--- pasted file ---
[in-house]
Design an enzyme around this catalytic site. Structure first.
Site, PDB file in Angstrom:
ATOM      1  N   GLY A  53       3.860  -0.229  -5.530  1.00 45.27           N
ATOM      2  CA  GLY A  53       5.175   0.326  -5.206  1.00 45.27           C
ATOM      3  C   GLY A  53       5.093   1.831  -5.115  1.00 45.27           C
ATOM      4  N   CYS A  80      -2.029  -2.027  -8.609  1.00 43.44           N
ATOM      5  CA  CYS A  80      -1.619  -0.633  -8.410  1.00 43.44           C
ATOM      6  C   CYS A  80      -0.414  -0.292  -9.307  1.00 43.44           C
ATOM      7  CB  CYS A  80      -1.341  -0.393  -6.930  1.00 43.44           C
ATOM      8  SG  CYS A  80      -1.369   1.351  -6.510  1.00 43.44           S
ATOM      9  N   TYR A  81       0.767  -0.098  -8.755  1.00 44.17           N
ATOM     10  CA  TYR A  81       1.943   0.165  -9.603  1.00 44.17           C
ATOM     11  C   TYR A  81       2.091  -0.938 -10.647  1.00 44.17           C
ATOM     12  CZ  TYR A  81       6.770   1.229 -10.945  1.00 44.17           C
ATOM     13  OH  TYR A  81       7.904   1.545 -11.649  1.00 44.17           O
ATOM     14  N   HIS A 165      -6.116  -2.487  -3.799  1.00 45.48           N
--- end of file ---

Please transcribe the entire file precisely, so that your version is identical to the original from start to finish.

[in-house]
Design an enzyme around this catalytic site. Structure first.
Site, PDB file in Angstrom:
ATOM      1  N   GLY A  53       3.860  -0.229  -5.530  1.00 45.27           N
ATOM      2  CA  GLY A  53       5.175   0.326  -5.206  1.00 45.27           C
ATOM      3  C   GLY A  53       5.093   1.831  -5.115  1.00 45.27           C
ATOM      4  N   CYS A  80      -2.029  -2.027  -8.609  1.00 43.44           N
ATOM      5  CA  CYS A  80      -1.619  -0.633  -8.410  1.00 43.44           C
ATOM      6  C   CYS A  80      -0.414  -0.292  -9.307  1.00 43.44           C
ATOM      7  CB  CYS A  80      -1.341  -0.393  -6.930  1.00 43.44           C
ATOM      8  SG  CYS A  80      -1.369   1.351  -6.510  1.00 43.44           S
ATOM      9  N   TYR A  81       0.767  -0.098  -8.755  1.00 44.17           N
ATOM     10  CA  TYR A  81       1.943   0.165  -9.603  1.00 44.17           C
ATOM     11  C   TYR A  81       2.091  -0.938 -10.647  1.00 44.17           C
ATOM     12  CZ  TYR A  81       6.770   1.229 -10.945  1.00 44.17           C
ATOM     13  OH  TYR A  81       7.904   1.545 -11.649  1.00 44.17           O
ATOM     14  N   HIS A 165      -6.116  -2.487  -3.799  1.00 45.48           N